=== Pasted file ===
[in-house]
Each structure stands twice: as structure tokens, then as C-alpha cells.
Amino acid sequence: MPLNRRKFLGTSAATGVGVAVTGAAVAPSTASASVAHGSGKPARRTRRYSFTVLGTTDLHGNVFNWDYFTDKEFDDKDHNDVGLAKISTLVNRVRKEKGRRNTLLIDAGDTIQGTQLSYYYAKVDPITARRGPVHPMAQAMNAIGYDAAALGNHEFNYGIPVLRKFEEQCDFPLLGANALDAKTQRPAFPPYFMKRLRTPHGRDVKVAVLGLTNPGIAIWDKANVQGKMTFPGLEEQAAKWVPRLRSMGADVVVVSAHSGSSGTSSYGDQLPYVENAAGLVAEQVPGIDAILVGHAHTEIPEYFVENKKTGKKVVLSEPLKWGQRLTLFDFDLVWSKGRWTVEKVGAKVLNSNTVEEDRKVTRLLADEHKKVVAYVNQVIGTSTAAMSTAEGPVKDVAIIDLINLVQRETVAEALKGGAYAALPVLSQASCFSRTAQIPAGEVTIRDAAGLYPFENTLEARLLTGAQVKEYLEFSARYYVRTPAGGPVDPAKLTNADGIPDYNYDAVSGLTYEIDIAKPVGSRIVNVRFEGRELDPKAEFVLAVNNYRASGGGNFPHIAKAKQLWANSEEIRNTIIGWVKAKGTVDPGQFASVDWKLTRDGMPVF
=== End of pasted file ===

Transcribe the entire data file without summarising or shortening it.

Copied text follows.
[in-house]
Each structure stands twice: as structure tokens, then as C-alpha cells.
Amino acid sequence: MPLNRRKFLGTSAATGVGVAVTGAAVAPSTASASVAHGSGKPARRTRRYSFTVLGTTDLHGNVFNWDYFTDKEFDDKDHNDVGLAKISTLVNRVRKEKGRRNTLLIDAGDTIQGTQLSYYYAKVDPITARRGPVHPMAQAMNAIGYDAAALGNHEFNYGIPVLRKFEEQCDFPLLGANALDAKTQRPAFPPYFMKRLRTPHGRDVKVAVLGLTNPGIAIWDKANVQGKMTFPGLEEQAAKWVPRLRSMGADVVVVSAHSGSSGTSSYGDQLPYVENAAGLVAEQVPGIDAILVGHAHTEIPEYFVENKKTGKKVVLSEPLKWGQRLTLFDFDLVWSKGRWTVEKVGAKVLNSNTVEEDRKVTRLLADEHKKVVAYVNQVIGTSTAAMSTAEGPVKDVAIIDLINLVQRETVAEALKGGAYAALPVLSQASCFSRTAQIPAGEVTIRDAAGLYPFENTLEARLLTGAQVKEYLEFSARYYVRTPAGGPVDPAKLTNADGIPDYNYDAVSGLTYEIDIAKPVGSRIVNVRFEGRELDPKAEFVLAVNNYRASGGGNFPHIAKAKQLWANSEEIRNTIIGWVKAKGTVDPGQFASVDWKLTRDGMPVF